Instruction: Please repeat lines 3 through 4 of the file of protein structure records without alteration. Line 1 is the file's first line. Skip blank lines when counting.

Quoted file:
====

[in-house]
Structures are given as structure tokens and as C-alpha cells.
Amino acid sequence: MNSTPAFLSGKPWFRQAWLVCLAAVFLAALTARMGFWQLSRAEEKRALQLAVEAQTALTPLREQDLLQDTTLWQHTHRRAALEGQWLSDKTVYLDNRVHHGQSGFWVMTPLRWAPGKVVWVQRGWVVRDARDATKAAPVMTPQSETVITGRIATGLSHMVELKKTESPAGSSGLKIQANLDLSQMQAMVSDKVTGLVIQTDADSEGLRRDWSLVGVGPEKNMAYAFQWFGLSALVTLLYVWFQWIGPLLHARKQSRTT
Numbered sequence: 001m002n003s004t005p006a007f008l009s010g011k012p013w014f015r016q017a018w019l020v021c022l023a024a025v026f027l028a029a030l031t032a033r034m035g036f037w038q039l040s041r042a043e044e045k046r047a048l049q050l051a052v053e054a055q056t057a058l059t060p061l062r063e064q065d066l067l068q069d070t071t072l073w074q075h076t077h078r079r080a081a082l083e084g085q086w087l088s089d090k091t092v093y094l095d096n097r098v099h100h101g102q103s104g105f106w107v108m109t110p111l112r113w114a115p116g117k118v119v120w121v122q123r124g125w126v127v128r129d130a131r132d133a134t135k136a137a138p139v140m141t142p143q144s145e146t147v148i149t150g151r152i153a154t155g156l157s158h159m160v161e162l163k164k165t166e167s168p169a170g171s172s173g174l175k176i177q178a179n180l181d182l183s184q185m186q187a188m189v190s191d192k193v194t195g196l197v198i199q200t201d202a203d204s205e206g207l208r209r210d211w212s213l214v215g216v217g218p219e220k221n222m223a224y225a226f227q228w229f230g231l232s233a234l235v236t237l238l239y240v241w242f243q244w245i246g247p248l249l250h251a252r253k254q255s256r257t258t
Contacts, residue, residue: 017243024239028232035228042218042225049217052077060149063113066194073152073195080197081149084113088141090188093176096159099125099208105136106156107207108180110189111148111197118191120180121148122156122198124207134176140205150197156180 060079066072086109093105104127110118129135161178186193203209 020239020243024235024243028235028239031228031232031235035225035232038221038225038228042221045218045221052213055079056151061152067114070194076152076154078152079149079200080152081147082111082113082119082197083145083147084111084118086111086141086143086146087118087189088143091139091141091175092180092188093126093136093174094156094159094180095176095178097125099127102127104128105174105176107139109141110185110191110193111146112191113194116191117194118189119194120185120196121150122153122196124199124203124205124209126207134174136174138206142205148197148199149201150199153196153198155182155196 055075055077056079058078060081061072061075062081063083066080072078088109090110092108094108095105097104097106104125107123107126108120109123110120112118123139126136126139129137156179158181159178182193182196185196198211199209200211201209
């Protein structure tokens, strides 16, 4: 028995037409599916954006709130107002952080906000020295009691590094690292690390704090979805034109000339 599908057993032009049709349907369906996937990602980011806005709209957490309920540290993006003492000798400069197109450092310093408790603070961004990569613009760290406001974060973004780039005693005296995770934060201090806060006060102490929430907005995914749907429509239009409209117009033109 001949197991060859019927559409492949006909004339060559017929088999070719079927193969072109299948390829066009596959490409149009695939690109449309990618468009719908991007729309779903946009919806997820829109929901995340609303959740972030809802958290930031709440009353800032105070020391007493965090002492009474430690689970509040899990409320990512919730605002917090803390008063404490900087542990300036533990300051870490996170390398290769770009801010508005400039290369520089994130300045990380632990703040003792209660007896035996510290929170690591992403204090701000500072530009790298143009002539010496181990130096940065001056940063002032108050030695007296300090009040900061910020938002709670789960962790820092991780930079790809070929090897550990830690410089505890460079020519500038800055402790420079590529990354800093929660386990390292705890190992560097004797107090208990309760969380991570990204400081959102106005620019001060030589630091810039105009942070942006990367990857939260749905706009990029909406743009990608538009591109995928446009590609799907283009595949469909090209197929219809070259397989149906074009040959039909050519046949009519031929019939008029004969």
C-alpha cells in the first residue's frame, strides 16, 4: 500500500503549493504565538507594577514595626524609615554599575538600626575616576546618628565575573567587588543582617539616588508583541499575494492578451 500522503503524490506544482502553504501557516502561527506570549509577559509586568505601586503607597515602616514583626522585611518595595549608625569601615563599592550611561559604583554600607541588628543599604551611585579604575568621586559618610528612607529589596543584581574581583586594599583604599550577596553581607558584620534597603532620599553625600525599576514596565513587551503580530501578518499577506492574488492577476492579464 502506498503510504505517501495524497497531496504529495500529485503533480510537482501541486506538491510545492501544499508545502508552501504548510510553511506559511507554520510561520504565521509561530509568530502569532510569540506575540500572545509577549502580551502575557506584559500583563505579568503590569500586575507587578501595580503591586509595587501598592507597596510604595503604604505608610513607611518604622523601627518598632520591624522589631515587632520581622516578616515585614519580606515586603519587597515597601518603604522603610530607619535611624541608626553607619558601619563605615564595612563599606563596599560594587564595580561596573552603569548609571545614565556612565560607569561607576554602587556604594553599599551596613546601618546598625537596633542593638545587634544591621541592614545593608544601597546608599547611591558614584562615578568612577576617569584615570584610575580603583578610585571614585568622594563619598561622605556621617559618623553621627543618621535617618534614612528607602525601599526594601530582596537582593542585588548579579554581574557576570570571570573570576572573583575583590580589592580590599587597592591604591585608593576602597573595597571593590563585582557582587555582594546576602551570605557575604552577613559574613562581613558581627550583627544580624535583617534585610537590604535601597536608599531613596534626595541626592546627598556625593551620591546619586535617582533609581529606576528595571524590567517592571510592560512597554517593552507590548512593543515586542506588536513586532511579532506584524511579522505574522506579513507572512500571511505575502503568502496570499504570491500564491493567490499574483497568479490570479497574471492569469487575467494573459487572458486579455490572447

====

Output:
Amino acid sequence: MNSTPAFLSGKPWFRQAWLVCLAAVFLAALTARMGFWQLSRAEEKRALQLAVEAQTALTPLREQDLLQDTTLWQHTHRRAALEGQWLSDKTVYLDNRVHHGQSGFWVMTPLRWAPGKVVWVQRGWVVRDARDATKAAPVMTPQSETVITGRIATGLSHMVELKKTESPAGSSGLKIQANLDLSQMQAMVSDKVTGLVIQTDADSEGLRRDWSLVGVGPEKNMAYAFQWFGLSALVTLLYVWFQWIGPLLHARKQSRTT
Numbered sequence: 001m002n003s004t005p006a007f008l009s010g011k012p013w014f015r016q017a018w019l020v021c022l023a024a025v026f027l028a029a030l031t032a033r034m035g036f037w038q039l040s041r042a043e044e045k046r047a048l049q050l051a052v053e054a055q056t057a058l059t060p061l062r063e064q065d066l067l068q069d070t071t072l073w074q075h076t077h078r079r080a081a082l083e084g085q086w087l088s089d090k091t092v093y094l095d096n097r098v099h100h101g102q103s104g105f106w107v108m109t110p111l112r113w114a115p116g117k118v119v120w121v122q123r124g125w126v127v128r129d130a131r132d133a134t135k136a137a138p139v140m141t142p143q144s145e146t147v148i149t150g151r152i153a154t155g156l157s158h159m160v161e162l163k164k165t166e167s168p169a170g171s172s173g174l175k176i177q178a179n180l181d182l183s184q185m186q187a188m189v190s191d192k193v194t195g196l197v198i199q200t201d202a203d204s205e206g207l208r209r210d211w212s213l214v215g216v217g218p219e220k221n222m223a224y225a226f227q228w229f230g231l232s233a234l235v236t237l238l239y240v241w242f243q244w245i246g247p248l249l250h251a252r253k254q255s256r257t258t